Live stream of the Total Lunar Eclipse 27–28 July 2018. See broadcast
June 15–16, 2011 — Total Lunar Eclipse
A total lunar eclipse is visible in areas such as Europe, Africa, southern Asia and Australia on June 15, 2011. This is one of the darkest eclipses this century, and for 100 minutes the Moon appears as a dark red orb in the sky.
What This Lunar Eclipse Looked Like
Where the Eclipse Was Seen
Try our new interactive eclipse maps. Zoom in and search for accurate eclipse times and visualizations for any location.
Regions seeing, at least, some parts of the eclipse: Much of Europe, Much of Asia, Australia, Africa, South America, Pacific, Atlantic, Indian Ocean, Antarctica.
Eclipse Map and Animation
When the Eclipse Happened Worldwide — Timeline
Lunar eclipses can be visible from everywhere on the night side of the Earth, if the sky is clear. From some places, the entire eclipse will be visible, while in other areas the Moon will rise or set during the eclipse.
|Event||UTC Time||Time in Washington DC*||Visible in Washington DC|
|Penumbral Eclipse began||Jun 15 at 17:24:36||Jun 15 at 1:24:36 pm||No, below the horizon|
|Partial Eclipse began||Jun 15 at 18:22:57||Jun 15 at 2:22:57 pm||No, below the horizon|
|Full Eclipse began||Jun 15 at 19:22:31||Jun 15 at 3:22:31 pm||No, below the horizon|
|Maximum Eclipse||Jun 15 at 20:12:41||Jun 15 at 4:12:41 pm||No, below the horizon|
|Full Eclipse ended||Jun 15 at 21:02:42||Jun 15 at 5:02:42 pm||No, below the horizon|
|Partial Eclipse ended||Jun 15 at 22:02:15||Jun 15 at 6:02:15 pm||No, below the horizon|
|Penumbral Eclipse ended||Jun 15 at 23:00:44||Jun 15 at 7:00:44 pm||No, below the horizon|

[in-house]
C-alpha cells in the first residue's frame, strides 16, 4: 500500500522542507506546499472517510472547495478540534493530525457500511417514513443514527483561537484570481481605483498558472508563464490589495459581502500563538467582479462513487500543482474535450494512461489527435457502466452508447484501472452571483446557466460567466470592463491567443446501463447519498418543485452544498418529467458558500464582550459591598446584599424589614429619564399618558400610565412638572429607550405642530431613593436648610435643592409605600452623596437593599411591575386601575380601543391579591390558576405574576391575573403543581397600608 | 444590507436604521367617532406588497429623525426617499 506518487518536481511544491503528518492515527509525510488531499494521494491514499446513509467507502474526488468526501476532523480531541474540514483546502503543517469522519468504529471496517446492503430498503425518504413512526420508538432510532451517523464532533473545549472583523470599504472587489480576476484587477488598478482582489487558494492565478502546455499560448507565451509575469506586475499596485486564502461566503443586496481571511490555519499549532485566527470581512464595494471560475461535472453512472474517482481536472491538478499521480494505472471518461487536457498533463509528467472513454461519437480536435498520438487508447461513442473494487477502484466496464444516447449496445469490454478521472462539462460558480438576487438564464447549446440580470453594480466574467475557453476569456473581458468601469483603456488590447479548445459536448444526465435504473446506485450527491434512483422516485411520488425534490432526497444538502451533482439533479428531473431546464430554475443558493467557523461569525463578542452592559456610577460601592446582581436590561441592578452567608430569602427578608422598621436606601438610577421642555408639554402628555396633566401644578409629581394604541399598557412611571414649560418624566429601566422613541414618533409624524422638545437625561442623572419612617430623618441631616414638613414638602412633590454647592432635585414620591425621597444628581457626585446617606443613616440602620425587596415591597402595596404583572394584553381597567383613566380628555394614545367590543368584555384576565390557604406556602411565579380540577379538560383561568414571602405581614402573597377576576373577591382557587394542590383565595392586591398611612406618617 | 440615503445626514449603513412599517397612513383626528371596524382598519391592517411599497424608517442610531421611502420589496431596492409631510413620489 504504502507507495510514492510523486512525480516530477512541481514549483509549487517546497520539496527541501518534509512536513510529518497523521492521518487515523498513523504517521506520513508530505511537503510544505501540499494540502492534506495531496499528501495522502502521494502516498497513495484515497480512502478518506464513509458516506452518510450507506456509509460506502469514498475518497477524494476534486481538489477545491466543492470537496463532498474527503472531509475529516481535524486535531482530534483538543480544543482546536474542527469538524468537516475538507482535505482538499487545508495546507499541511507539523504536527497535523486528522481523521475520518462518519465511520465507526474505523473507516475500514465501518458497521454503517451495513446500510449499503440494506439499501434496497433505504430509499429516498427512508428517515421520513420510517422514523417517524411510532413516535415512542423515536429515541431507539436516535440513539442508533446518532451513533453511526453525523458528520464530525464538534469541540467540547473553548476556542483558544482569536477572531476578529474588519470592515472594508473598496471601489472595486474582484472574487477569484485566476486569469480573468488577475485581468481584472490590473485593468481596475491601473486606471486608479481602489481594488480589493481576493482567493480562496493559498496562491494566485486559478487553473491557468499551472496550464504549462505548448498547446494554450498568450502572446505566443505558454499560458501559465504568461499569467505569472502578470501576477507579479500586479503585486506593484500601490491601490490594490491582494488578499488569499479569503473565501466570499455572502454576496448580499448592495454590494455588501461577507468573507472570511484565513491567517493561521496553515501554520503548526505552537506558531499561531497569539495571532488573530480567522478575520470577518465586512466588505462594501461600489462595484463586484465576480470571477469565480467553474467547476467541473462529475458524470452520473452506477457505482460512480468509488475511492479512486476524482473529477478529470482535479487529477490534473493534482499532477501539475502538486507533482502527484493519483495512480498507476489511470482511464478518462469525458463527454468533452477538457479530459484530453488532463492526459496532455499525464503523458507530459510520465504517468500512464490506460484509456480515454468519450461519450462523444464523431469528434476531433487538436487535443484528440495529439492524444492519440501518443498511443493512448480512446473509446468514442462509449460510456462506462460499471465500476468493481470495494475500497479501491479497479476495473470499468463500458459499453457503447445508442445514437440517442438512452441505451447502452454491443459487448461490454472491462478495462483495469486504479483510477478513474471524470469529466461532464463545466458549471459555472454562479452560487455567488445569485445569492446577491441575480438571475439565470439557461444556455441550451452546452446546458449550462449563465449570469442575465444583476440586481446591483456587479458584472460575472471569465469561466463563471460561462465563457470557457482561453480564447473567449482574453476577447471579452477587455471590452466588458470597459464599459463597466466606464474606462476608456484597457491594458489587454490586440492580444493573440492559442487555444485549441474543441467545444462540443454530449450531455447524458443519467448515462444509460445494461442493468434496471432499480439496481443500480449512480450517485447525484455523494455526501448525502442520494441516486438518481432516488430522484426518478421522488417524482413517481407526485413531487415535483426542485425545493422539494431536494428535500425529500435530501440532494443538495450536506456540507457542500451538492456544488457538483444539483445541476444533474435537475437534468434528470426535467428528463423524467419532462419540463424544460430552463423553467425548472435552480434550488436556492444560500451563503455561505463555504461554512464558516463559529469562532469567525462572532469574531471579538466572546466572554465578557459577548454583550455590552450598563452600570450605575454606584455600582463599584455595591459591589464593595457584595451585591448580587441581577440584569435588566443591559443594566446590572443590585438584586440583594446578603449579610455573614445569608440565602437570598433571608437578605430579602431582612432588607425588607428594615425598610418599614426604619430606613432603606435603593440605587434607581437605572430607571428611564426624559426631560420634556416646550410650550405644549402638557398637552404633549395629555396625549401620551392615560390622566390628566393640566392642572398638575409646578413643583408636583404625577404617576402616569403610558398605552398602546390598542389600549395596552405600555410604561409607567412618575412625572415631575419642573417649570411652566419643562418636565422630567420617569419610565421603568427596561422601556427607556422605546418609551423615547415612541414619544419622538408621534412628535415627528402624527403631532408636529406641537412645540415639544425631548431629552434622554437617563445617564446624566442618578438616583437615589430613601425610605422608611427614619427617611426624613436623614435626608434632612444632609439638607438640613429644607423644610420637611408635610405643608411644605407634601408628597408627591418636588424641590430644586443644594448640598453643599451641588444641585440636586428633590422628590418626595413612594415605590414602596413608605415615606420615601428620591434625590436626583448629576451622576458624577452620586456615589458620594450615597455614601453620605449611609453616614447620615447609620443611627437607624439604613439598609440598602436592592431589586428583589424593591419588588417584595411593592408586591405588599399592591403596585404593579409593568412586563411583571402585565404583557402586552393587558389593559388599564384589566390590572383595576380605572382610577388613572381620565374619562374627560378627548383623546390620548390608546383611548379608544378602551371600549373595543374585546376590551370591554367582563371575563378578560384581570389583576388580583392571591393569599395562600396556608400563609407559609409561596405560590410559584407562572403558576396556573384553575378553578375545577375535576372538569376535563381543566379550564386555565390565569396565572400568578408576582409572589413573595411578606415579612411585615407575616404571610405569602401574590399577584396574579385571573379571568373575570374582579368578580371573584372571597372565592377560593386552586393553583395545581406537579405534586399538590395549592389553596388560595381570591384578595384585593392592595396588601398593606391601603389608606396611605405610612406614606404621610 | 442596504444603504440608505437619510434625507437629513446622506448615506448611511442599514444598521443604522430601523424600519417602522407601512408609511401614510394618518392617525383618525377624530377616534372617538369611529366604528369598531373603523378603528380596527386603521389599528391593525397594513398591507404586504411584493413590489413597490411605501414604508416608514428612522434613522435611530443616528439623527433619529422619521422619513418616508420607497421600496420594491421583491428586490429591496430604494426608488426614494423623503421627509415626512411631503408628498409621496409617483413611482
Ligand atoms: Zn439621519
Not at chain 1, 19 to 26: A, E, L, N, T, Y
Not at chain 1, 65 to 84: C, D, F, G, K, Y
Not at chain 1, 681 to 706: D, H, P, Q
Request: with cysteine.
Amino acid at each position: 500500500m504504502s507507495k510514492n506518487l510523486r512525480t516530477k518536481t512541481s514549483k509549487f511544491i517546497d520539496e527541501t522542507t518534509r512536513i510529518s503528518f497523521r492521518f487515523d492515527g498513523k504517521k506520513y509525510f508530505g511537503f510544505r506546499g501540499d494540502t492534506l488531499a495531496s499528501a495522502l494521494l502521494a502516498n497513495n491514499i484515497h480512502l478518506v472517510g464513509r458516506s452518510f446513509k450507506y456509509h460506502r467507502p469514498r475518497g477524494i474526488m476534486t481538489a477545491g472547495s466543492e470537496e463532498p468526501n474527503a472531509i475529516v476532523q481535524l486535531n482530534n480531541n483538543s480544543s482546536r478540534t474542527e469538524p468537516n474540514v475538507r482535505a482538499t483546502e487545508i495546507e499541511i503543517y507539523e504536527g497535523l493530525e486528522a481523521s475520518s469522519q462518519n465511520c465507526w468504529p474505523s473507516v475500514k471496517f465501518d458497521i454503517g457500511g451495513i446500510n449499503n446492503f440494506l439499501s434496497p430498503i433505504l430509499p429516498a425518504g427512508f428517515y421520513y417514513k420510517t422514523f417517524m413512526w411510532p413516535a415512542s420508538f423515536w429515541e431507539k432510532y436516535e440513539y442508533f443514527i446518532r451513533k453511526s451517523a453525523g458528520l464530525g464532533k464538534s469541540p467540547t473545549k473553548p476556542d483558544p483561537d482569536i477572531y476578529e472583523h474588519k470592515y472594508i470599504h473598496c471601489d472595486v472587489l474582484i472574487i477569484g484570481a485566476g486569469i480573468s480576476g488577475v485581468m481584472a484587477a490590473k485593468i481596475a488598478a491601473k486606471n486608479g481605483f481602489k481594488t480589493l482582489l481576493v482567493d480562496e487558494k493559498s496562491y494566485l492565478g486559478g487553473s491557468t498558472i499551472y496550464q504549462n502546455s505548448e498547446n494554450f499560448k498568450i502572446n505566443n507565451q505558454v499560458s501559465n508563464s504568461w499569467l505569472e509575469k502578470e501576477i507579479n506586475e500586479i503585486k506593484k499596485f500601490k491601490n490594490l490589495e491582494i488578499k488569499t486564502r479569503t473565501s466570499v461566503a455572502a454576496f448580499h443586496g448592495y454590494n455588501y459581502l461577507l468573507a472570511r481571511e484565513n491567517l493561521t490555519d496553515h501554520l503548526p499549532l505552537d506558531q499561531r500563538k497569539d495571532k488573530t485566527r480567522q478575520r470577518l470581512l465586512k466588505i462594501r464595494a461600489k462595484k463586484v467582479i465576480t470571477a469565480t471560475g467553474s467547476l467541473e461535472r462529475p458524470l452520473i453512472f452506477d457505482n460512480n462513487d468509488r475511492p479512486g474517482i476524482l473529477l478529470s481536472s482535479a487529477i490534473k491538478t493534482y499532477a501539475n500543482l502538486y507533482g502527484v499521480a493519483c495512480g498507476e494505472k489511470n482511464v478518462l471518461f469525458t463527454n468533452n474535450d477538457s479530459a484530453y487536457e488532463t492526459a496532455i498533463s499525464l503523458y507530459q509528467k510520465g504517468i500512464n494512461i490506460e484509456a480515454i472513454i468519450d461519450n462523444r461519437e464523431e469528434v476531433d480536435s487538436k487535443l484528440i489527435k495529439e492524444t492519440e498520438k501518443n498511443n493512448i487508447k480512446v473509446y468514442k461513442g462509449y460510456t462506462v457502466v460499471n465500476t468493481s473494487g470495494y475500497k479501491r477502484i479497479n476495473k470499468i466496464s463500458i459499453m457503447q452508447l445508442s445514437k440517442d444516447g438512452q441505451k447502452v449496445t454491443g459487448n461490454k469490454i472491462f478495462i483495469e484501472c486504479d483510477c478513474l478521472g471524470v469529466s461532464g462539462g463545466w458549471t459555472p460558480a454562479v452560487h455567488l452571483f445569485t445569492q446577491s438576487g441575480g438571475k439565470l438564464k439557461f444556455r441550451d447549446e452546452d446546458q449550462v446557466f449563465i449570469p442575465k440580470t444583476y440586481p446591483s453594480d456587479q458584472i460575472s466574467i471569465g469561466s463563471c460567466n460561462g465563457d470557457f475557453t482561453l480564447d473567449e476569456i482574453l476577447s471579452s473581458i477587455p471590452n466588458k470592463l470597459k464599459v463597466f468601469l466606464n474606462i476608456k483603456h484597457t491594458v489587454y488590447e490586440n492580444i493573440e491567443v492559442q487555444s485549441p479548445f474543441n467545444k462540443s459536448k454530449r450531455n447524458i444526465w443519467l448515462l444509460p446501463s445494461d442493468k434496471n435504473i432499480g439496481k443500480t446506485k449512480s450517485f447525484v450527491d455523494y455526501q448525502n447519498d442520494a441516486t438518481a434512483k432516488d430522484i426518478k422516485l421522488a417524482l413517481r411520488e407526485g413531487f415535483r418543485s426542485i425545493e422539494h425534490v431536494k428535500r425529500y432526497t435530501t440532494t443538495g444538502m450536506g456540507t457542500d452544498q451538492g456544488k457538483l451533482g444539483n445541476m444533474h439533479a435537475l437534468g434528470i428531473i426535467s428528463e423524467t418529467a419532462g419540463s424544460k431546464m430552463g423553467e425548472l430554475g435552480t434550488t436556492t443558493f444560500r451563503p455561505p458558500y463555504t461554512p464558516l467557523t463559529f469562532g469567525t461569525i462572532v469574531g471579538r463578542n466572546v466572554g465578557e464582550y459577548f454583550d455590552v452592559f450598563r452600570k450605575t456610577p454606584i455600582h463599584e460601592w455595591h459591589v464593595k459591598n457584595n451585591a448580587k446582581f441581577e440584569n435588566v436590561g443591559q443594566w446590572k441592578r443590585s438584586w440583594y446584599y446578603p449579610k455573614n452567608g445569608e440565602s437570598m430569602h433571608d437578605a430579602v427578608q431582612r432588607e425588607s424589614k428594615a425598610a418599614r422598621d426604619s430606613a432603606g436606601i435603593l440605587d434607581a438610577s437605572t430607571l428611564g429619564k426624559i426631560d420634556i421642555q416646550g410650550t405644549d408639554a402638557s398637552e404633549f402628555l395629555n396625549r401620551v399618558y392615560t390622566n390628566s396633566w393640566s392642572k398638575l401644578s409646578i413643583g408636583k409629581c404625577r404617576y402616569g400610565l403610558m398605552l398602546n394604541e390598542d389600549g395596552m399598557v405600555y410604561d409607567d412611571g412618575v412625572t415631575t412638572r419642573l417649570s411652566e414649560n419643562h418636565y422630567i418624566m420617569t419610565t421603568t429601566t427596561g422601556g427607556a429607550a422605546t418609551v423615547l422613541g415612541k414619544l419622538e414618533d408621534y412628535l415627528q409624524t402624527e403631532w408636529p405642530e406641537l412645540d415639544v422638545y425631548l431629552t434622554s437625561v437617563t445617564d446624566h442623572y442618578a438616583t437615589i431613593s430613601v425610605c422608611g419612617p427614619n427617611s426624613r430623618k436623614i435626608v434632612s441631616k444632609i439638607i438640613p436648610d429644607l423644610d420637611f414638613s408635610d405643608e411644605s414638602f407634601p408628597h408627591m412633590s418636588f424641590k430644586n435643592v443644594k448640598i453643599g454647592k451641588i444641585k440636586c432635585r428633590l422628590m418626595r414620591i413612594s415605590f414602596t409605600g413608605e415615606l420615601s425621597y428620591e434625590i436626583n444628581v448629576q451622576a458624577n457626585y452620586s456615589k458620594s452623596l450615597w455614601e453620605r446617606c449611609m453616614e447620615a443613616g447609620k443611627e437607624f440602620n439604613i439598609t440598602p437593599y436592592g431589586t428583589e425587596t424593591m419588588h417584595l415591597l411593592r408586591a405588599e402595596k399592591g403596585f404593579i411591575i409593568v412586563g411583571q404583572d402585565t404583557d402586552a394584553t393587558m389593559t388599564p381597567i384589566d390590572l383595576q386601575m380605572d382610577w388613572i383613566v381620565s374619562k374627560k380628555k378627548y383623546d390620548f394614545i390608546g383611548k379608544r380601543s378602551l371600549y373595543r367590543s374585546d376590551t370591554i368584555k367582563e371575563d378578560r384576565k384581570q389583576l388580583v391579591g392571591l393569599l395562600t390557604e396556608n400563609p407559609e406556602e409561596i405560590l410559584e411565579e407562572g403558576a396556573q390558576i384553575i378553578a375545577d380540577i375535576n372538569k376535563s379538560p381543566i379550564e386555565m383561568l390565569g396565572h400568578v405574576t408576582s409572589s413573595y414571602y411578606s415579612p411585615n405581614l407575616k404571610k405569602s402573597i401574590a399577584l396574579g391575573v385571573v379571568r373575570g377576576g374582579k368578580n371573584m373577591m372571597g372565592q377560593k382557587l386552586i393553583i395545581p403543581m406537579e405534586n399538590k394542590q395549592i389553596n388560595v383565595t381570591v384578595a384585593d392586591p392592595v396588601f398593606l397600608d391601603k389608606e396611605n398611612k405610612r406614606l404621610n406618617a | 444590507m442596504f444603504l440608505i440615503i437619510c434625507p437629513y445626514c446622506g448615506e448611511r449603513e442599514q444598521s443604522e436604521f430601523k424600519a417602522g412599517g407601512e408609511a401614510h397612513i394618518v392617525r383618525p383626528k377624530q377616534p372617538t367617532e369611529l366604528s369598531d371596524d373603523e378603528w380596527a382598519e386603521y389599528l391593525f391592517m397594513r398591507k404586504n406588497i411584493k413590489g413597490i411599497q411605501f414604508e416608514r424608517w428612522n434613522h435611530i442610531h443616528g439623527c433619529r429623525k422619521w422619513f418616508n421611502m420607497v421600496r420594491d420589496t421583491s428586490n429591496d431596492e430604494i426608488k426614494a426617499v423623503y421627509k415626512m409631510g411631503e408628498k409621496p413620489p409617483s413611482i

* The Moon was below the horizon during this eclipse, so it was not possible to view it in Washington DC.
The magnitude of the eclipse is 1.700.
The penumbral magnitude of the eclipse is 2.687.
The total duration of the eclipse is 5 hours, 36 minutes.
The total duration of the partial phases is 1 hour, 59 minutes.
The duration of the full eclipse is 1 hour, 40 minutes.
An Eclipse Never Comes Alone!
A solar eclipse always occurs about two weeks before or after a lunar eclipse.
Usually, there are two eclipses in a row, but other times, there are three during the same eclipse season.
This is the second eclipse this season.
First eclipse this season: June 1, 2011 — Partial Solar Eclipse
Third eclipse this season: July 1, 2011 — Partial Solar Eclipse
Solar & Lunar Eclipses – iOS
Your guide to solar & lunar eclipses. More
Find Eclipses in Your City
Eclipses in 2011
- Jan 4, 2011 – Partial Solar Eclipse
- Jun 1, 2011 – Partial Solar Eclipse
- Jun 15–16, 2011 — Total Lunar Eclipse (this page)
- Jul 1, 2011 – Partial Solar Eclipse
- Nov 25, 2011 – Partial Solar Eclipse
- Dec 10–11, 2011 — Total Lunar Eclipse
Eclipses in 2018
- Jan 31, 2018 — Total Lunar Eclipse
- Feb 15, 2018 – Partial Solar Eclipse
- Jul 13, 2018 – Partial Solar Eclipse
- Jul 27–28, 2018 — Total Lunar Eclipse
- Aug 11, 2018 – Partial Solar Eclipse
Eclipses in 2019
- Jan 5 / Jan 6, 2019 – Partial Solar Eclipse
- Jan 20–21, 2019 — Total Lunar Eclipse
- Jul 2, 2019 – Total Solar Eclipse
- Jul 16–17, 2019 — Partial Lunar Eclipse
- Nov 11–12, 2019 — Mercury Transit
- Dec 26, 2019 – Annular Solar Eclipse